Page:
The Court appoints a Chapter 7 trustee who will review your petition as well as any financial transactions from the previous year. After reviewing all paperwork, the trustee will then schedule a meeting of creditors. Normally a meeting of creditors is scheduled within 40 days of the filing of the petition. Creditors are entitled to attend the meeting to question the debtor as to insurance, collateral values and condition, and the ability to pay for any item which serves as collateral. Your bankruptcy lawyer will be notified about any additional information that you must bring into the meeting.

Typical documents required may include, but are not limited to:

  • pay stubs
  • bank statements
  • tax returns
  • mortgage documents

The goal of the meeting of creditors is for the trustee to determine whether or not you have any nonexempt property or additional income that may be sold in order to satisfy any of your unsecured debts.

Discharge Granted

At the end of your Chapter 7 bankruptcy, the court will order a bankruptcy discharge. A bankruptcy discharge prohibits a creditor from collecting on any debts that were listed in your bankruptcy case, unless a debt is reaffirmed or nonexempt property is available for distribution to the creditors.

Although a discharge relinquishes you of your personal responsibility of a debt, it is important to know that not all debts are dischargeable. After the court issues the discharge, creditors with non-dischargeable debts are allowed to continue their collection process.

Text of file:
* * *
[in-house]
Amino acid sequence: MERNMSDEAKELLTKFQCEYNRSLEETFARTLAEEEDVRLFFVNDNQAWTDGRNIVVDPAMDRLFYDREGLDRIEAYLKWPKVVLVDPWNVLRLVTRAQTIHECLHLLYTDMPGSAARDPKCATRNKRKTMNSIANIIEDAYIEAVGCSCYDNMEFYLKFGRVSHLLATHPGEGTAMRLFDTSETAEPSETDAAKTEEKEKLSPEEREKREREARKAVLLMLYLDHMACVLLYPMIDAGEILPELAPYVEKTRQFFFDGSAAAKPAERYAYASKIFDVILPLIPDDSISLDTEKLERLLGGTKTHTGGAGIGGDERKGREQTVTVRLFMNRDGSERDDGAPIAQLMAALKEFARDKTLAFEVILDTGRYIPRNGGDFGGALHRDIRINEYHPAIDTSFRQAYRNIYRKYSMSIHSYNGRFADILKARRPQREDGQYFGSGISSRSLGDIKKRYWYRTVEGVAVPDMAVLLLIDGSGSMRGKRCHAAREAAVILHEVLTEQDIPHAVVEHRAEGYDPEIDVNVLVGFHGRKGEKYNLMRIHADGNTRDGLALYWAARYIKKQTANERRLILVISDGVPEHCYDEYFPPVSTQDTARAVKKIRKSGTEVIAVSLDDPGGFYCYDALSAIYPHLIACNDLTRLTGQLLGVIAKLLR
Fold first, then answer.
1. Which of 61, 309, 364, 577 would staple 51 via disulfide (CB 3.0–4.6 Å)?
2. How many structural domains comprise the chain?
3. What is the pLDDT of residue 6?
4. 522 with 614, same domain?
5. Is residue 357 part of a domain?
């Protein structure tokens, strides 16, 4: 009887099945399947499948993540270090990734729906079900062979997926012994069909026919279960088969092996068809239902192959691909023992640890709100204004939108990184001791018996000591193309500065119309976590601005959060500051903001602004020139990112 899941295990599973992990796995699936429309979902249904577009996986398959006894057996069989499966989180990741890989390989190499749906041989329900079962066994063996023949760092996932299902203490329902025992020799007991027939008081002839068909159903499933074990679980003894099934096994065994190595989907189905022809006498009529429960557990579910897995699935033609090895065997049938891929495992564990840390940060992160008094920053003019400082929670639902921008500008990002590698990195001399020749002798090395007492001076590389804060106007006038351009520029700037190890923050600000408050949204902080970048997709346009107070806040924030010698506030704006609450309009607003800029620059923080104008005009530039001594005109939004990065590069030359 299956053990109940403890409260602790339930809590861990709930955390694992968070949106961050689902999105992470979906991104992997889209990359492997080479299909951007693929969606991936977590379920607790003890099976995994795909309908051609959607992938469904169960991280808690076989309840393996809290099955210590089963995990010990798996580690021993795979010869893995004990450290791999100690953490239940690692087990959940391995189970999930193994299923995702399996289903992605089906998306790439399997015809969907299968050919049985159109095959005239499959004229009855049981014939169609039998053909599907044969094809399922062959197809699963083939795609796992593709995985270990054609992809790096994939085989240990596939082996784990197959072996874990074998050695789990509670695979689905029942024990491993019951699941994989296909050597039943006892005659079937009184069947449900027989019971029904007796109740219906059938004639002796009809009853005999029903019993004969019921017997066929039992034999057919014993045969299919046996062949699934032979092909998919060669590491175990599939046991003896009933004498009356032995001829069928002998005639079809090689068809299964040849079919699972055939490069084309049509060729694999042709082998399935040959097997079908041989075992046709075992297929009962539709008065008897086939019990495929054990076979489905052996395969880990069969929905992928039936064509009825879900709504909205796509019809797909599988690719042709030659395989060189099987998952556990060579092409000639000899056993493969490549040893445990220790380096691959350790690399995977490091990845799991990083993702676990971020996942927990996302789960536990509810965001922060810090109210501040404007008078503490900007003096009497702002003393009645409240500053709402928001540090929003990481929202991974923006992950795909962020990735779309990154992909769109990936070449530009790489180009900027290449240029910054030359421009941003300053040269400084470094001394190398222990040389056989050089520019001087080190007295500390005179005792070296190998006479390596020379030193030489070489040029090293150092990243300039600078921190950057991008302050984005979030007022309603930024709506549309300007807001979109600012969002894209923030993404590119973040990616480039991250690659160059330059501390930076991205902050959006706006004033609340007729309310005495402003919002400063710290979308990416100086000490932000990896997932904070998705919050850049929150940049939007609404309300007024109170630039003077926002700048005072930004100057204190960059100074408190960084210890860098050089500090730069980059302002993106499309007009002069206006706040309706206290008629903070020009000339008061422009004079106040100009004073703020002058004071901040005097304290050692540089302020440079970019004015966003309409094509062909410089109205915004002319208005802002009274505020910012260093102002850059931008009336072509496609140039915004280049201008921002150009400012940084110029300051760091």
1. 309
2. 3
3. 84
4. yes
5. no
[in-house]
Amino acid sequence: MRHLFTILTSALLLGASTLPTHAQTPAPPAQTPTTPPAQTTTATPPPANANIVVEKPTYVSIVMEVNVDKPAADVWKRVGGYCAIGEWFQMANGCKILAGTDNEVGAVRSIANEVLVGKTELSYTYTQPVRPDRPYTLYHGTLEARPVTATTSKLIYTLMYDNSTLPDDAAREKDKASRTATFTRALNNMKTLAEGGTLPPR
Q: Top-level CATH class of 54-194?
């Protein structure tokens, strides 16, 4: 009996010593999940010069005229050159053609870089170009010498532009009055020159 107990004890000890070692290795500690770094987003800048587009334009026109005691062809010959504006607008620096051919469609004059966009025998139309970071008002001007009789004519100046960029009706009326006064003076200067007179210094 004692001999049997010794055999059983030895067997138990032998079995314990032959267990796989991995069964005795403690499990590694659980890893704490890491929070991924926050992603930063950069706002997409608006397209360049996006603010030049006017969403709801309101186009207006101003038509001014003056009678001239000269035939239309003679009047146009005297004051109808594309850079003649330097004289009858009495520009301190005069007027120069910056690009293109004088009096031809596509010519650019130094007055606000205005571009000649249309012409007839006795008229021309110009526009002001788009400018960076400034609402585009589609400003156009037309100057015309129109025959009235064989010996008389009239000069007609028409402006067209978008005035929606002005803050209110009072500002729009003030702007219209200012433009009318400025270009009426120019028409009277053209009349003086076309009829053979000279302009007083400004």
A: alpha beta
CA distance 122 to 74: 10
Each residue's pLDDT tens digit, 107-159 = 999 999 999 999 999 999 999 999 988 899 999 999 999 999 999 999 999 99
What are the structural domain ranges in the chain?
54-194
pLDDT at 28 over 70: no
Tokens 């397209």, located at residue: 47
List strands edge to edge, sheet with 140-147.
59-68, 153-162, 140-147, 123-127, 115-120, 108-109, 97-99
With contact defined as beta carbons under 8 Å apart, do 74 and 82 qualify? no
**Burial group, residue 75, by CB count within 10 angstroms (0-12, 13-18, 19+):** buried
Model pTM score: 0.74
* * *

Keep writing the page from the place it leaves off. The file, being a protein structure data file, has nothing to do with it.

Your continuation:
Examples of non-dischargeable debt are:

  • student loans
  • taxes incurred within three years of the bankruptcy
  • child support/Alimony/Property settlements in a divorce

Revocation or Denial of Discharge

The court has the right to deny or revoke your discharge for the following reasons:

  • failure to comply with the court and/or trustee
  • failure to turn over assets
  • false statements within your paper work or testimony

Who can help me with my Chapter 7 bankruptcy?

Bankruptcy is complex and many answers depend upon your specific situation. J. Michael Hall, partner at Hall and Navarro, has 30 years of experience in bankruptcy. He has worked with many businesses in Bulloch County, Effingham County, and surrounding areas to achieve debt relief.

The attorneys at Hall & Navarro are passionate about law. We serve Effingham County, Bulloch County and surrounding areas. The law offices are located in Springfield, Georgia and in Statesboro, Georgia. The attorneys at Hall & Navarro provide focused and experienced representation from your initial consultation until the resolution of your legal matter. We offer a broad range of legal services and are dedicated to serving individuals and businesses.

Please visit us online at hlg-pc.com, or email receptionist@hlg-pc.com for more information or to schedule your consultation.

Please consult an attorney for advice about your individual situation. This site and its information is not official legal advice, nor is it intended to be. Feel free to get in touch by e-mail, letters or phone calls. Contacting us does not create an attorney-client relationship. Until an attorney-client relationship is established, please withhold from sending any confidential information to us.